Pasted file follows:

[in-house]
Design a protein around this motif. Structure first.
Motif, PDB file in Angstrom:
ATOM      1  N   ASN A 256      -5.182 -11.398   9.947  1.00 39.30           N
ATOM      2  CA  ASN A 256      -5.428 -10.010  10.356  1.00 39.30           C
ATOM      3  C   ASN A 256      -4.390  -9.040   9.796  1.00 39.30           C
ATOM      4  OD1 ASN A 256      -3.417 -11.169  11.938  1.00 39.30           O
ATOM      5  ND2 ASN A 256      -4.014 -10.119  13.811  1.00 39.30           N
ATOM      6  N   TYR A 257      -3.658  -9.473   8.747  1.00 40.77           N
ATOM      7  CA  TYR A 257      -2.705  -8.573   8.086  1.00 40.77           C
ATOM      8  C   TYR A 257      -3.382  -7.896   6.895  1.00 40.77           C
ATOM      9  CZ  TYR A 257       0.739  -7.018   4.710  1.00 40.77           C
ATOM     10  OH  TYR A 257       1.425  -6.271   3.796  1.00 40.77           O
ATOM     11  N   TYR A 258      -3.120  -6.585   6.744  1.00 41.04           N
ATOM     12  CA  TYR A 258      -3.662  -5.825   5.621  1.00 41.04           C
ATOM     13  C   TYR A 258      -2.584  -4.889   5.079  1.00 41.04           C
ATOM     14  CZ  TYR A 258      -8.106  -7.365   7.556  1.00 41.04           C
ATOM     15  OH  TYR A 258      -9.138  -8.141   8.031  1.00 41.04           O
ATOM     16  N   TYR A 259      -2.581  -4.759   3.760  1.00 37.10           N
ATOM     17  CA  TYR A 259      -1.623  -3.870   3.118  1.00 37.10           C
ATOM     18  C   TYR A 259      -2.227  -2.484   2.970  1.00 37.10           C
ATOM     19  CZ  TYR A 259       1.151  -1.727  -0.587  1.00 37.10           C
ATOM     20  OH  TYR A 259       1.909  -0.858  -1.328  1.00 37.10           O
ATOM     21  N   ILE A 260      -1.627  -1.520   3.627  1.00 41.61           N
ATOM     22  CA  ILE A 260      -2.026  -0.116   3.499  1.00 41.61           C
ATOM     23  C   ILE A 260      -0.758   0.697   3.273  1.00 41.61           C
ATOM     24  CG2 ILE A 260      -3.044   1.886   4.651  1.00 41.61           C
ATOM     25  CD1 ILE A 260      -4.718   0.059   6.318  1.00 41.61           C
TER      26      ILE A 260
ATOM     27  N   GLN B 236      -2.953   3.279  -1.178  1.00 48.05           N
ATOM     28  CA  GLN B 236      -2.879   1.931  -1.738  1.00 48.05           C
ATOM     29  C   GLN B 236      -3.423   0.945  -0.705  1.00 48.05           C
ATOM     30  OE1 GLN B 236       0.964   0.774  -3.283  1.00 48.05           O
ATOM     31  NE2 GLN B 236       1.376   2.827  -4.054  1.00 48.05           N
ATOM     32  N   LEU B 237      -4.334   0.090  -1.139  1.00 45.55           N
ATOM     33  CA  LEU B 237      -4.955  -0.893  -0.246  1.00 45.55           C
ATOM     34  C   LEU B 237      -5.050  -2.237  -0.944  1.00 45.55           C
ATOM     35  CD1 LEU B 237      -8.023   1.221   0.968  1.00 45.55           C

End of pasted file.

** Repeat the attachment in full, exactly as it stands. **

[in-house]
Design a protein around this motif. Structure first.
Motif, PDB file in Angstrom:
ATOM      1  N   ASN A 256      -5.182 -11.398   9.947  1.00 39.30           N
ATOM      2  CA  ASN A 256      -5.428 -10.010  10.356  1.00 39.30           C
ATOM      3  C   ASN A 256      -4.390  -9.040   9.796  1.00 39.30           C
ATOM      4  OD1 ASN A 256      -3.417 -11.169  11.938  1.00 39.30           O
ATOM      5  ND2 ASN A 256      -4.014 -10.119  13.811  1.00 39.30           N
ATOM      6  N   TYR A 257      -3.658  -9.473   8.747  1.00 40.77           N
ATOM      7  CA  TYR A 257      -2.705  -8.573   8.086  1.00 40.77           C
ATOM      8  C   TYR A 257      -3.382  -7.896   6.895  1.00 40.77           C
ATOM      9  CZ  TYR A 257       0.739  -7.018   4.710  1.00 40.77           C
ATOM     10  OH  TYR A 257       1.425  -6.271   3.796  1.00 40.77           O
ATOM     11  N   TYR A 258      -3.120  -6.585   6.744  1.00 41.04           N
ATOM     12  CA  TYR A 258      -3.662  -5.825   5.621  1.00 41.04           C
ATOM     13  C   TYR A 258      -2.584  -4.889   5.079  1.00 41.04           C
ATOM     14  CZ  TYR A 258      -8.106  -7.365   7.556  1.00 41.04           C
ATOM     15  OH  TYR A 258      -9.138  -8.141   8.031  1.00 41.04           O
ATOM     16  N   TYR A 259      -2.581  -4.759   3.760  1.00 37.10           N
ATOM     17  CA  TYR A 259      -1.623  -3.870   3.118  1.00 37.10           C
ATOM     18  C   TYR A 259      -2.227  -2.484   2.970  1.00 37.10           C
ATOM     19  CZ  TYR A 259       1.151  -1.727  -0.587  1.00 37.10           C
ATOM     20  OH  TYR A 259       1.909  -0.858  -1.328  1.00 37.10           O
ATOM     21  N   ILE A 260      -1.627  -1.520   3.627  1.00 41.61           N
ATOM     22  CA  ILE A 260      -2.026  -0.116   3.499  1.00 41.61           C
ATOM     23  C   ILE A 260      -0.758   0.697   3.273  1.00 41.61           C
ATOM     24  CG2 ILE A 260      -3.044   1.886   4.651  1.00 41.61           C
ATOM     25  CD1 ILE A 260      -4.718   0.059   6.318  1.00 41.61           C
TER      26      ILE A 260
ATOM     27  N   GLN B 236      -2.953   3.279  -1.178  1.00 48.05           N
ATOM     28  CA  GLN B 236      -2.879   1.931  -1.738  1.00 48.05           C
ATOM     29  C   GLN B 236      -3.423   0.945  -0.705  1.00 48.05           C
ATOM     30  OE1 GLN B 236       0.964   0.774  -3.283  1.00 48.05           O
ATOM     31  NE2 GLN B 236       1.376   2.827  -4.054  1.00 48.05           N
ATOM     32  N   LEU B 237      -4.334   0.090  -1.139  1.00 45.55           N
ATOM     33  CA  LEU B 237      -4.955  -0.893  -0.246  1.00 45.55           C
ATOM     34  C   LEU B 237      -5.050  -2.237  -0.944  1.00 45.55           C
ATOM     35  CD1 LEU B 237      -8.023   1.221   0.968  1.00 45.55           C